Globalization to National Advantage: Economic Policy Lessons from
IRCHSS Funded Project 2008-2011
Patrick Honohan (PI), TCD
Frank Barry, TCD
John FitzGerald, ESRI
Iulia Traistaru-Siedschlag, ESRI
Summary of project plan
This research project will clarify how the
forces of globalization influenced the Irish economy and how
The extent to which the Irish experience can be applied in different institutional environments and how the transplantation could be effected will be the subject of a final strand.
In addition to publication of individual
research papers on each of the strands, a synthetic report will be prepared,
integrating these findings with existing literature. This report will thus offer general
conclusions, based on
Overall aim and central research questions
The aim is to fill identified gaps in the
The central research questions fall into five strands:
FDI: how far can productivity growth and the use of technology in
manufacturing and service firms in
(ii) Aid: What characteristics of the institutional arrangements for managing the inflow of foreign aid (EU structural funds) contributed to their effective management and what light does this throw on political economy theories of agency problems in making aid effective?
(iii) Capital markets: How far have international capital markets limited the policy space available for Irish fiscal and monetary policy, or have they enhanced the ability of policymakers to deliver good competitiveness, growth and stability outcomes?
(iv) Labour market openness: What effect has the reversal of international labour market flows had on productivity, the level and structure of wages and unemployment?
Transferability: How might the lessons of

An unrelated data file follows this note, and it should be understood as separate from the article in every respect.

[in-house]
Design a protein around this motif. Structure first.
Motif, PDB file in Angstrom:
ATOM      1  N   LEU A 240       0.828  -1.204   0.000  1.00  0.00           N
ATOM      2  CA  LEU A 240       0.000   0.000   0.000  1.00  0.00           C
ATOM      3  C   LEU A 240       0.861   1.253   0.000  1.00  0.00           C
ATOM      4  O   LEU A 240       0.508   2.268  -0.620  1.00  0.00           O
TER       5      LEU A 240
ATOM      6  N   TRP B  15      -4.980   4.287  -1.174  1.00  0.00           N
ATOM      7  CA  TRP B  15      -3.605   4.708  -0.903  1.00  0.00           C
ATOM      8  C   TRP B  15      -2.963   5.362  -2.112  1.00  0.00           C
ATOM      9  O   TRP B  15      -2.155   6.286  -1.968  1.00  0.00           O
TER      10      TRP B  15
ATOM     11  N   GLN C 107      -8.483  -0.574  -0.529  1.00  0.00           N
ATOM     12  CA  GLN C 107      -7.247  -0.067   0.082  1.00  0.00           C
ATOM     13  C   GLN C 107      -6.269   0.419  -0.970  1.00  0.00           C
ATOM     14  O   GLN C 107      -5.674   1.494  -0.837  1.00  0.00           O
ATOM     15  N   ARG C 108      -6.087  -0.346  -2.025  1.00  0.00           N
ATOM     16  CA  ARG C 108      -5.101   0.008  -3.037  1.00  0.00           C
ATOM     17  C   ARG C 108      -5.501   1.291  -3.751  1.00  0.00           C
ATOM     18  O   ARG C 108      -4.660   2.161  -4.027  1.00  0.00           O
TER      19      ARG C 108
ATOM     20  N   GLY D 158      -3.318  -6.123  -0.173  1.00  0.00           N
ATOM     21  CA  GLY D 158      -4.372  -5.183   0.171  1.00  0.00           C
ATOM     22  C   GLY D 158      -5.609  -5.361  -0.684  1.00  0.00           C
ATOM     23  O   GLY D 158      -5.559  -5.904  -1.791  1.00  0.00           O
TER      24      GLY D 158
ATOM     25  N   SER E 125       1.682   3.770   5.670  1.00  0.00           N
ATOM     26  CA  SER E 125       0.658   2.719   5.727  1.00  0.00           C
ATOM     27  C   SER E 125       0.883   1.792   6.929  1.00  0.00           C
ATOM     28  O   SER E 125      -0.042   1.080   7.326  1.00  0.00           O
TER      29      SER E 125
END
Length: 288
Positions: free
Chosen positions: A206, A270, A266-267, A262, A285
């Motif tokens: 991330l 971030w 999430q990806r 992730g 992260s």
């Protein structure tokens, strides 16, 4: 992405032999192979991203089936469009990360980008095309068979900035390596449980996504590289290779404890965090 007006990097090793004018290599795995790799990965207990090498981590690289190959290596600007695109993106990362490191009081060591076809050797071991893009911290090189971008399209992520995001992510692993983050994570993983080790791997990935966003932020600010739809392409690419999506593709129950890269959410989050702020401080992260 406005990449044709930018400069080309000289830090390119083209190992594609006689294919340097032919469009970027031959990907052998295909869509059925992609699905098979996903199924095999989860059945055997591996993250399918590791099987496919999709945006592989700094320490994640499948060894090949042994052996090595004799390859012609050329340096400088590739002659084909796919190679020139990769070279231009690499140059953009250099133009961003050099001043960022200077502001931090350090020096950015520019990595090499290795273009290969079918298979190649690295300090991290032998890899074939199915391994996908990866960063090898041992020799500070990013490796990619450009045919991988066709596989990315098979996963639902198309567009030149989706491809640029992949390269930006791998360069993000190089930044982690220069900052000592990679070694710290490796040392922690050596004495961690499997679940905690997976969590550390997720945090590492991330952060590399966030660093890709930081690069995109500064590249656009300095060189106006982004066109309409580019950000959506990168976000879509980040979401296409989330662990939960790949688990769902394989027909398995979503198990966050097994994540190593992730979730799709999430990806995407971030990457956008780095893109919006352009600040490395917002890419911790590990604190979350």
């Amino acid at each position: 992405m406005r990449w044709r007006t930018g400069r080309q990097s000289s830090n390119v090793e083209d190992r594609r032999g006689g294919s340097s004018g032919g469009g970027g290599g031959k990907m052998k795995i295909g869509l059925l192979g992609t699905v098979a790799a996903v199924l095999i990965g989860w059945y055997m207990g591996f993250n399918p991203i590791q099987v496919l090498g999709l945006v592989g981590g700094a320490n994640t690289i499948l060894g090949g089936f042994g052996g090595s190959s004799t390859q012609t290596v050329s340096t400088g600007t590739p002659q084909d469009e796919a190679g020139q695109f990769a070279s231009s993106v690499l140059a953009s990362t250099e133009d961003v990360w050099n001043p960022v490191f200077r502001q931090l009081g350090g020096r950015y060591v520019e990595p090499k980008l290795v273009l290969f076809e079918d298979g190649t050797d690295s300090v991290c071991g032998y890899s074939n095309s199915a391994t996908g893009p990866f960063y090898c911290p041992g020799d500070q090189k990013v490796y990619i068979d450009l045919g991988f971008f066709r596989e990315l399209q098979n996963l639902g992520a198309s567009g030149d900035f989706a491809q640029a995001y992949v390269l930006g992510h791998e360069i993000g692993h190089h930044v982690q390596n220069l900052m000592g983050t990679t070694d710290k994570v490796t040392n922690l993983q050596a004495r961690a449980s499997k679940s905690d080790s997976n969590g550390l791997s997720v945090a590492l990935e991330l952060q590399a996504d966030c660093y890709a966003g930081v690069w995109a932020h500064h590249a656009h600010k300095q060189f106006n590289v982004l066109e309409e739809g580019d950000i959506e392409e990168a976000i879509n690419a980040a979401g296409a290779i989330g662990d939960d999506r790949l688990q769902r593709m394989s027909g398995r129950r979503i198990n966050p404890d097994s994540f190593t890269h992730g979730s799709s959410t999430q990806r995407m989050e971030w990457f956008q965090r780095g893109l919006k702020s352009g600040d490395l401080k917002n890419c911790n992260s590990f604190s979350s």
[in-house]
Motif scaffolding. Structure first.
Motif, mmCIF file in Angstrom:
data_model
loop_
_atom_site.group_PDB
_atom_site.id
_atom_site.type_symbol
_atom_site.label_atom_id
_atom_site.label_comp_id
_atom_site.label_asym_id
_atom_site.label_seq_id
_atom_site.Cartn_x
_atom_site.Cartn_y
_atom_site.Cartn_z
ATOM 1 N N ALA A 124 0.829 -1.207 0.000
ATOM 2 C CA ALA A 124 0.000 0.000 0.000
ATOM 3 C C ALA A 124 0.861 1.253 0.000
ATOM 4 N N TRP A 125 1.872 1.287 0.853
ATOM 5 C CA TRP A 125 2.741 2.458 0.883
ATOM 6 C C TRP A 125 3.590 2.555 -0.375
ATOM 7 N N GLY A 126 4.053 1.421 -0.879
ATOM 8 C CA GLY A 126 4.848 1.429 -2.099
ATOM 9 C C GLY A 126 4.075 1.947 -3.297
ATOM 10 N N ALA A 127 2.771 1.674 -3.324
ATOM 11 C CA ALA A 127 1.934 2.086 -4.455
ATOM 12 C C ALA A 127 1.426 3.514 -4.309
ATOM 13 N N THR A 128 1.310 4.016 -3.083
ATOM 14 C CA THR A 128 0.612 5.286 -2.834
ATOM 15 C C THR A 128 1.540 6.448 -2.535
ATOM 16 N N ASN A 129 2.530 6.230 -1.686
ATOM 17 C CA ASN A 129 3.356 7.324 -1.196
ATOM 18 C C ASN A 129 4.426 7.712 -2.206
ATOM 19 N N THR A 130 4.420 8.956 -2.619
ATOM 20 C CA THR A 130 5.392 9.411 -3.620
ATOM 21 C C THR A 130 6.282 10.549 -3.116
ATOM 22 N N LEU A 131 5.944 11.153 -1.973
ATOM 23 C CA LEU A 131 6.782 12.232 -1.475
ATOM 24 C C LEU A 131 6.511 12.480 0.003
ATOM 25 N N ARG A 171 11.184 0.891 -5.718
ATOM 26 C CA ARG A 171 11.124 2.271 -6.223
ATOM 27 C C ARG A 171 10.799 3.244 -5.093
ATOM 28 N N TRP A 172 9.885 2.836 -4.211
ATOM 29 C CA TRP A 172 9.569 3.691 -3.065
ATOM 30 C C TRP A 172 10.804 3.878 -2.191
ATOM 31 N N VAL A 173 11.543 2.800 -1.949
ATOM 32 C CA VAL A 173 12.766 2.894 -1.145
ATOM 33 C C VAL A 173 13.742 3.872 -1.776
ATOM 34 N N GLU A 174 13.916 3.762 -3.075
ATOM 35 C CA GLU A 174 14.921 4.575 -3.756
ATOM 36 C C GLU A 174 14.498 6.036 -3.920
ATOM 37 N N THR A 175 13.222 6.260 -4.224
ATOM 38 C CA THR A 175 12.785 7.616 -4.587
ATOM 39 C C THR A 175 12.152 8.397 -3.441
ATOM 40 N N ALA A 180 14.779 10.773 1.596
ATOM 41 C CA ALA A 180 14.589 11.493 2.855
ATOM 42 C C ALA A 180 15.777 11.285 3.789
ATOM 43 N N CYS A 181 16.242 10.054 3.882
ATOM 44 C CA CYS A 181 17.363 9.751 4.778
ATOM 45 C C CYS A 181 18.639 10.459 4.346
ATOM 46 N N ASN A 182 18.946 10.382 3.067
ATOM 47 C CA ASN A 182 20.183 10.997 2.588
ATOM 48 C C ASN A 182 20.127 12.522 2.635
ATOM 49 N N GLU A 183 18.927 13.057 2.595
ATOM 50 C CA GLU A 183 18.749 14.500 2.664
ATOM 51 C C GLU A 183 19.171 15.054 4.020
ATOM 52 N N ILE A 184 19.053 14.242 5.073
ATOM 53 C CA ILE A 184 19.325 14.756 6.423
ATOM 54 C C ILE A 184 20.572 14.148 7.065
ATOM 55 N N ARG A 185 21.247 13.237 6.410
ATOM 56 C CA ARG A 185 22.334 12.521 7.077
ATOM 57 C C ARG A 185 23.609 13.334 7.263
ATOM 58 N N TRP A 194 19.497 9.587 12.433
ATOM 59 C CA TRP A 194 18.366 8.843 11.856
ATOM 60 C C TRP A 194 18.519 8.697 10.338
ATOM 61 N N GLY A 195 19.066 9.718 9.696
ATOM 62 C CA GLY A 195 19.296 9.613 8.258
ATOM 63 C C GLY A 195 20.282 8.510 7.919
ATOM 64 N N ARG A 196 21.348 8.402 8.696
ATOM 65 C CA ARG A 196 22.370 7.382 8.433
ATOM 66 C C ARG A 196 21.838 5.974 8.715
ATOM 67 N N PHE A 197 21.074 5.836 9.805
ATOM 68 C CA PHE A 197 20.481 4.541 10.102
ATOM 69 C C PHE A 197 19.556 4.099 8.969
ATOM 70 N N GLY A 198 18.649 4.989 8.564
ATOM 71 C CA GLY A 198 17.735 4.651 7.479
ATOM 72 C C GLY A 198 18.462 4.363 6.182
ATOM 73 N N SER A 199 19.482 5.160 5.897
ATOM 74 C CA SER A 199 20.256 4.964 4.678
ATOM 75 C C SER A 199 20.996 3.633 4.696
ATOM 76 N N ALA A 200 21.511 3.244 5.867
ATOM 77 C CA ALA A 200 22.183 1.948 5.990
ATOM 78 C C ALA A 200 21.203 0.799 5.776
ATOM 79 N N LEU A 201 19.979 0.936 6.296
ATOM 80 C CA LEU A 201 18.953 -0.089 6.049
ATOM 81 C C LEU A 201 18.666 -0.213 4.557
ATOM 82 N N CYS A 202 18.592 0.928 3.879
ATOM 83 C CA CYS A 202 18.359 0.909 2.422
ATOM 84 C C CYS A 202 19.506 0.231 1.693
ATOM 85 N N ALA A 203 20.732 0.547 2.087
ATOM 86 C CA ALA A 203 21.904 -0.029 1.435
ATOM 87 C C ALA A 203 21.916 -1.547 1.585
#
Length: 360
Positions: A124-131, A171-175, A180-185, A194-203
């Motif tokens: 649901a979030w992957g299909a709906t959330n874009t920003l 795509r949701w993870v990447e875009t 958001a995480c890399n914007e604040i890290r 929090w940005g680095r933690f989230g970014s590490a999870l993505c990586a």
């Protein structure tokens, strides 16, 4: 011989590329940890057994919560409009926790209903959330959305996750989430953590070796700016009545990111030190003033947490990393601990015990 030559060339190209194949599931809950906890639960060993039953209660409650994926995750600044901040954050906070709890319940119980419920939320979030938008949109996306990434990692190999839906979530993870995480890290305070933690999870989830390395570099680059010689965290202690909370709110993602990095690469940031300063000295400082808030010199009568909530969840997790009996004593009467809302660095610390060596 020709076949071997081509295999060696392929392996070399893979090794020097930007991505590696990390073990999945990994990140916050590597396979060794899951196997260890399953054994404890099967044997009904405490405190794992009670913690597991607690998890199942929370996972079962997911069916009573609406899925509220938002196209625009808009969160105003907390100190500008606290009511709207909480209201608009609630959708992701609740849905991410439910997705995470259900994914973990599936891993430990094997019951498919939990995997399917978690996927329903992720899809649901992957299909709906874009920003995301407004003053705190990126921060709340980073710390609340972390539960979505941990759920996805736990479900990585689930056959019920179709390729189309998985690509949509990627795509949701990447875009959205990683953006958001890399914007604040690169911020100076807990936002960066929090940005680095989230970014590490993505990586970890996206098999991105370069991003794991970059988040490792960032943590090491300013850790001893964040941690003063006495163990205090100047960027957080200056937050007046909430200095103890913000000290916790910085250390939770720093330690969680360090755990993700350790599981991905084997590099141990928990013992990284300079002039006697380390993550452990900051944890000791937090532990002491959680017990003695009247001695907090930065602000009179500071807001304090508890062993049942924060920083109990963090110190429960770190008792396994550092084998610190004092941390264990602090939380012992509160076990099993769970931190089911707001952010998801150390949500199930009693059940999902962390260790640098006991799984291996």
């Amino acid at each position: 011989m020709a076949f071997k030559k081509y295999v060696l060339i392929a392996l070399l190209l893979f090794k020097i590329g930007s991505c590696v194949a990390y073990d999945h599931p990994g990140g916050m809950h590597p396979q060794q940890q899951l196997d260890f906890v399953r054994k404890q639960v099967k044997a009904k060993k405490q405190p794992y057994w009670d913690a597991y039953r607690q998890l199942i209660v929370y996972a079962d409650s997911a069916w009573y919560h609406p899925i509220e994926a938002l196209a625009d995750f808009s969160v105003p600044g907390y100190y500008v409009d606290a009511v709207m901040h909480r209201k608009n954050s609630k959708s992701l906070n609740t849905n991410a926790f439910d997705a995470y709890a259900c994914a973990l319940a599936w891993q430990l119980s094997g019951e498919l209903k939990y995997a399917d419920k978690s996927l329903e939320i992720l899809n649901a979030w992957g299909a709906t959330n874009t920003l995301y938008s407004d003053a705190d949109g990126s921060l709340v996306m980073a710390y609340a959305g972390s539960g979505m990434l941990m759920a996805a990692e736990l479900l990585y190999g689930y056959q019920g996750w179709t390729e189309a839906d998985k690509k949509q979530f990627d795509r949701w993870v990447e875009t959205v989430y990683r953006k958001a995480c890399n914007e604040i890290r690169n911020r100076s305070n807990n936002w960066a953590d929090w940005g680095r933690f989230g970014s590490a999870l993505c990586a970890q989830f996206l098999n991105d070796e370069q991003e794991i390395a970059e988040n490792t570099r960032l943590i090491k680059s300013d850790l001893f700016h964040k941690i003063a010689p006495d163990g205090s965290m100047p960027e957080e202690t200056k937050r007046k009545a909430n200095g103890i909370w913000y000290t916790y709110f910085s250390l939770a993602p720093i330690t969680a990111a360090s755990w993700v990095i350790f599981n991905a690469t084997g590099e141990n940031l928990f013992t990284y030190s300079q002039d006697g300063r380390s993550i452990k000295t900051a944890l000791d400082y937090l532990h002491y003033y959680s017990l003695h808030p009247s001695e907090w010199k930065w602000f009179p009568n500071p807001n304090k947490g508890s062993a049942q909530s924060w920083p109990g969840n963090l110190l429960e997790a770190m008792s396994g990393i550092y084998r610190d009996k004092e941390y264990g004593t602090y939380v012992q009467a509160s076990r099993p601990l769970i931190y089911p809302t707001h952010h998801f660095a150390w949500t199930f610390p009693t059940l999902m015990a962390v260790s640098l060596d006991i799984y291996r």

The wide range of these questions is acknowledged; however, these are key areas where gaps exist in our knowledge. They are researchable and the answers are needed for a coherent and firmly-based overall analysis of the Irish experience with globalization.
Description of individual strands
The approach for this strand will be
primarily based on microeconomic analysis of enterprise level data on firms in
Somewhat surprisingly – albeit a not unusual finding in the international literature (cf. Görg and Strobl, EJ 2001) – most of the limited econometric analysis that has so far been carried out on the Irish manufacturing data at enterprise level has failed to uncover sizable spillovers (e.g. Görg and Strobl, Eur Ec Rev 2002, Ruane and Ugur, Int J Ec Bus 2006). The topic cries out for a more comprehensive analysis, and this will be done in particular by broadening the sectoral scope, deepening the analysis of productivity and technology, accounting for firm heterogeneity and addressing the problem of transfer pricing which complicates data interpretation. Two CSO micro databases remain totally unexploited in this regard, namely the Annual Services Inquiry – allowing extension of analysis to an important but relatively unexplored sector (in which foreign-owned enterprises are in some respects as prominent as they are in manufacturing), as well as allowing account to be taken of firm heterogeneity and potentially important links between manufacturing and services FDI – and the Survey on E-commerce and ICT that has been conducted as part of an EU-wide effort since 2002. Use of unique firm identifiers allows this survey to be linked with the Census of Industrial Production and the Services Inquiry.
This strand will analyze the mechanisms and institutions employed to allocate and manage EU structural fund receipts by reference to the political economy literature on public expenditure. Structured interviews with current and recent participants in this process will help provide the factual basis.